Ingredients at room temp. If eggs are cold, just pop them into a bowl of hot water while you measure out all the other ingredients.
Beat the eggs before adding to help distribute theis structure-forming protein.
Mix dry ingredients and wet ingredients separately. Then mix together.
Make sure your baking powder is fresh! It can inactivate with age.
Let batter sit for 10 minutes before putting into mold so the psyllium can absorb water and gel a bit.
Bake in preheated oven.
Cool slightly before taking out of mold to allow the structure to "set" (like an angel food cake)

FINALLY THE PICS MOVED! But now my icons have disappeared. I will start a new post for pics.

clazar123's picture
clazar123

 

 

 

Here is a pic of the side of the muffins. The muffins on the right (flatter) have no eggs. Notice that the darker ones have vinegar/baking soda:

 

clazar123's picture
clazar123

Top picture is the final muffins using above recipe. No flax seed for structure-just psyllium. The muffins on the left have eggs and on the right (flatter) have no eggs. Browner muffins have vinegar and baking soda (both batches). Almond meal was used as I don't have coconut flour here.

Taste/texture

As they cooled/dried a bit, the salt level seemed ok. Flavor is good-nutty-almondy.  They are not too bad,texture-wise. Perhaps spongey rather than soft. Just cooled off out of the oven, they do not crumble and would probably do well to hold sandwich ingredients.

So technique is important:

1. Mixing order (all wet/all dry),

2. Room temp, well-beaten eggs ( I used a whisk)  and

3. Wait time after mixing.

Try it with coconut flour and see what happens, using the technique described. Flax is optional to me. It works with just psyllium so I would leave the flax out unless there is a nutrient gain to be had.

TomW's picture
TomW

1. Mixing order (all wet/all dry),

2. Room temp, well-beaten eggs ( I used a whisk) and

3. Wait time after mixing.

Yes, the only thing from that list that I did is number one.

Will try it tomorrow then with the new procedure.

TomW's picture
TomW

Btw, I used cold milk, that would have to be room temperature too?

I noticed that a lot of people use warm water instead..

TomW's picture
TomW

Wow, your buns are twice as thick, just the way I wanted mine to turn out!

Yesterday I bought a lot of coconut flour, flaxseed powder, and psyllium husk powder, so in order to get a rise out of my keto buns, would this be finally correct, based on your observations:

Ingredients for 3 buns, 10cm diameter each.


• 50g coconut flour
• 30g flaxseed
• 14g psyllium husk powder
• 1 tsp baking powder
• 1 tbsp cider vinegar
• 1g salt
• 50g milk
• 3 large eggs
• 40g sunflower oil
• sesame seeds(sprinkled after pouring into molds)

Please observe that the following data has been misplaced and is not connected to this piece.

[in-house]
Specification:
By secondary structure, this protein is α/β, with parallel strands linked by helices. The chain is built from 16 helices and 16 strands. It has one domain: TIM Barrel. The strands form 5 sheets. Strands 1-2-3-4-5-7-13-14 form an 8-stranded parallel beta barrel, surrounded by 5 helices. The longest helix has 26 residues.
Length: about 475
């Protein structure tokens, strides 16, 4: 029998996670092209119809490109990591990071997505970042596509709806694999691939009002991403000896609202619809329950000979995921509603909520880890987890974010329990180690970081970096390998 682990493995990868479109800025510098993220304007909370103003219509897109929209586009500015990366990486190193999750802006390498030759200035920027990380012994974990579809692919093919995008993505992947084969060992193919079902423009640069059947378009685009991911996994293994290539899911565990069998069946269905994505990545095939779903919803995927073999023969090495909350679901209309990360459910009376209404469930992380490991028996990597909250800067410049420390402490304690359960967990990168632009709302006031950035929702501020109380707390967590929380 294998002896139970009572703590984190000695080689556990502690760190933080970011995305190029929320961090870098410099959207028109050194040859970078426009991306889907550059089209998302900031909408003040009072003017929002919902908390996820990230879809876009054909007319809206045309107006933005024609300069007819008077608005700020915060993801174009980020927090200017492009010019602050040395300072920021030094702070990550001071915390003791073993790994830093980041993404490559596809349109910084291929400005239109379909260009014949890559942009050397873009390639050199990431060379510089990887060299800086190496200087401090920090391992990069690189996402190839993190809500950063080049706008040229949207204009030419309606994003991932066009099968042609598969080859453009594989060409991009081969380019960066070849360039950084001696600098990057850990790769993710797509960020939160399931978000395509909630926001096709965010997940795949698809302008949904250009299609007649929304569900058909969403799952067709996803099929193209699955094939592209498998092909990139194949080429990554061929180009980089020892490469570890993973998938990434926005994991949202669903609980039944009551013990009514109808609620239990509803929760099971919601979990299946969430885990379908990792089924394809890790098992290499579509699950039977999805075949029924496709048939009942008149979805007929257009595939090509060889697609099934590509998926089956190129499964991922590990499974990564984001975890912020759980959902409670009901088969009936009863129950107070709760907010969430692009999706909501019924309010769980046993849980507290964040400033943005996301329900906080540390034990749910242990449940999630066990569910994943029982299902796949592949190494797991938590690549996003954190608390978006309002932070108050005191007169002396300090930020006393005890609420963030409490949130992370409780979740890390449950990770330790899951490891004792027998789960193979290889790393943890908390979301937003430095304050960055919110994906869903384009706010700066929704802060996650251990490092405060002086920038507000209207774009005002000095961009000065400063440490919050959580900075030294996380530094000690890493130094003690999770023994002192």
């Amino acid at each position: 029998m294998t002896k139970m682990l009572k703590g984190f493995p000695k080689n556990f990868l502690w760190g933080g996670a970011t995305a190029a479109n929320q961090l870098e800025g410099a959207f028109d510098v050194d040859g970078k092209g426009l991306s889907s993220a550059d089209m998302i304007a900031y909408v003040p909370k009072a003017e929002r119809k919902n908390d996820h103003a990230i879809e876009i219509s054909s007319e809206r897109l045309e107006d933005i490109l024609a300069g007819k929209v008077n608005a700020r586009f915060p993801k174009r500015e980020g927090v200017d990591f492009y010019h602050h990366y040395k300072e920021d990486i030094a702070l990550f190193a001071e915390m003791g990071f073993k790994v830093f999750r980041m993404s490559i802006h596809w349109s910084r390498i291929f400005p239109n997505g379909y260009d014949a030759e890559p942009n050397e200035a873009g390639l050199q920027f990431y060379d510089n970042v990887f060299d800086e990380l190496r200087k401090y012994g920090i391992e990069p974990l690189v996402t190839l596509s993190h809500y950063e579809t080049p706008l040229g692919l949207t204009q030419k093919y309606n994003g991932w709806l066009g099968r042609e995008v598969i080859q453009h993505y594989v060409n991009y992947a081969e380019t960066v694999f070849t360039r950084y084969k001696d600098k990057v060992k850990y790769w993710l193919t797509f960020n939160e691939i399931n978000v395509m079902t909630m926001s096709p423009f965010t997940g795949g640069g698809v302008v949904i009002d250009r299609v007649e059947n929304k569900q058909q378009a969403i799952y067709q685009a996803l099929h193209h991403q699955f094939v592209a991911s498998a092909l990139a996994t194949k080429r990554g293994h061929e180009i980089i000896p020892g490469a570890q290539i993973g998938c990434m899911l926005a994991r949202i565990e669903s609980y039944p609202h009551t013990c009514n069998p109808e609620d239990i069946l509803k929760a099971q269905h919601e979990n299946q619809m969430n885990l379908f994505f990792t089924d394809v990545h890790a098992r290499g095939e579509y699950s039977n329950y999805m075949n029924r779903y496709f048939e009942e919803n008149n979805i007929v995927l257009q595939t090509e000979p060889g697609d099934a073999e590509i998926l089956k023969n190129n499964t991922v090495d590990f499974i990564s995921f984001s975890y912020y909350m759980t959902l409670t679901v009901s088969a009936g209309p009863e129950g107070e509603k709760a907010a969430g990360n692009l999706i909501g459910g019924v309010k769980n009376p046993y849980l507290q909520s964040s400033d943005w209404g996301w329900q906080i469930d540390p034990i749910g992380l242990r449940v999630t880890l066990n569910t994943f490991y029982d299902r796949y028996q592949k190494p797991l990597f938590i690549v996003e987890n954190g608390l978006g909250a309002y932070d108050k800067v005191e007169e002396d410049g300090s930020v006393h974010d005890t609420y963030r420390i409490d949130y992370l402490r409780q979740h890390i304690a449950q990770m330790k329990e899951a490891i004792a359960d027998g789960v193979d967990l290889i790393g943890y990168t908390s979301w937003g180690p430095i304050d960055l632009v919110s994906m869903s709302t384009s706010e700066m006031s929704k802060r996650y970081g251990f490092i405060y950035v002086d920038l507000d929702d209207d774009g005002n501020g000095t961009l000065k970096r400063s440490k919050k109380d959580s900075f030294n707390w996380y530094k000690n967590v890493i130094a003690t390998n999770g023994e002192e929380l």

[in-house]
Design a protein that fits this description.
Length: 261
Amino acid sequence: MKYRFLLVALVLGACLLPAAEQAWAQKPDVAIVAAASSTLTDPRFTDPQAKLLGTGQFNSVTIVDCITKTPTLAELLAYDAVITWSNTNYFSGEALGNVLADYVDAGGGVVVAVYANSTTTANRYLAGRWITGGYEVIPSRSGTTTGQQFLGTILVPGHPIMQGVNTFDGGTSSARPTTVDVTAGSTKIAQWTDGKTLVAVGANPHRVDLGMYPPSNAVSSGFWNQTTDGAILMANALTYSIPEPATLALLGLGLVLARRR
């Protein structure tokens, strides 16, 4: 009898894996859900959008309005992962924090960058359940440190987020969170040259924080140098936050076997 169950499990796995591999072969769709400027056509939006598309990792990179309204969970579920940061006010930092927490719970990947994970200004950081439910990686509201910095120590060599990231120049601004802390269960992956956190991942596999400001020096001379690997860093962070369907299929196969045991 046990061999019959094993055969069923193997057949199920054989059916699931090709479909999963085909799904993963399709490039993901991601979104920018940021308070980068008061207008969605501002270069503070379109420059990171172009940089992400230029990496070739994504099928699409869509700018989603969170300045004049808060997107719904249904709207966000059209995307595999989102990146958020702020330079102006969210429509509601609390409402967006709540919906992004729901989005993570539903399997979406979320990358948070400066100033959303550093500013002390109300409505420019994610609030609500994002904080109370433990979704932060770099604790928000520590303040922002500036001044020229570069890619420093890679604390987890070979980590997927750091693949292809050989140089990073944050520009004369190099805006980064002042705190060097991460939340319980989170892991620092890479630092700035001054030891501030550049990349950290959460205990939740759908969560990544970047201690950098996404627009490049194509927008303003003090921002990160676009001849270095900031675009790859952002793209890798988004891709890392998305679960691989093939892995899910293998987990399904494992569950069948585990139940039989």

So, I would do them like before, but first blend the eggs, and then pour in all the wet ingredients, blend those and THEN add all the dry ingredients?

And then let it all sit for 10 minutes, usually I just put the mass immediately into the molds and then into oven.

So, it's not that the recipe was wrong, it was the whole procedure that needs to be tackled delicately?

 

 

 

 

clazar123's picture
clazar123

According to My Fitness Pal (I track my food every day on this app)

4 servings per recipe (my recipe above using almond flour and 1%milk)

CALORIES: 182 cal/muffin

CARBS: 5.4 g /muffin

FAT: 16.3g/muffin

PROTEIN: 6.4 g/muffin

 

clazar123's picture
clazar123

Technique matters! All these ingredients change their nature depending on how they are handled and transformed during the process.

Your recipe is different than what I posted.

50g coconut flour    ( I used almond flour)
• 30g flaxseed         (I did not add any flax)
• 14g psyllium husk powder  (I used 10g psyllium)
• 1 tsp baking powder
• 1 tbsp cider vinegar   (No benefit by itself except flavor-I wouldn't add)  (I added 1 tsp to remaining batter after pouring 1 muffin into tin-very different ratio)
• 1g salt     (I added 2 g salt to whole recipe)
• 50g milk    (I used 70 g 1% milk-it was cold-should have been room temp)
• 3 large eggs    (I used 2 large eggs at room temp and well whisked)
• 40g sunflower oil  (I used 30 g veg.oil)

Method:

Mix wet ingredients well in 1 bowl

Mix dry ingredients in separate bowl

Mix wet and dry together

Let sit 10 minutes in bowl to thicken slightly

Pour into molds

Bake 25-30 minutes til browned

Let sit in pan for 5-10 minutes to cool to lukewarm before removing from pan.

I used the recipe you posted above with the exception of  no flax seed (just forgot) and almond flour instead of coconut flour as it is what I had on hand. The recipe you just posted has a lot of different ratios. Settle on 1 recipe to try. Next bake, just change 1 thing and try again. That is the only way to develop what you want.

I have never made low carb muffins or baked with almond flour. I am basing my development of this muffin on general baking principals. When you want to develop a product, you have to know how the ingredients behave under different conditions and how to coax different behaviors out of them. That is the art and science of baking whether it is bread, desserts, GF, low carb or anything. This type of product is a specialty and I have just a little experience in it.

TECHNIQUE IS IMPORTANT!

 

TomW's picture
TomW

Yes, the recipe is I  think the same, I just added mass to ingredients in order to fully fill all the molds.

I used such tweaks before and it made no difference.

But, now I will use different technique to see how it goes. I will try it with warm water too instead of milk.

clazar123's picture
clazar123

And may have a different outcome. I would stay with 2 eggs, keep the milk or water at 70g, and keep the oil at 30g as at 30 g oil, they actually tasted/felt a little oily.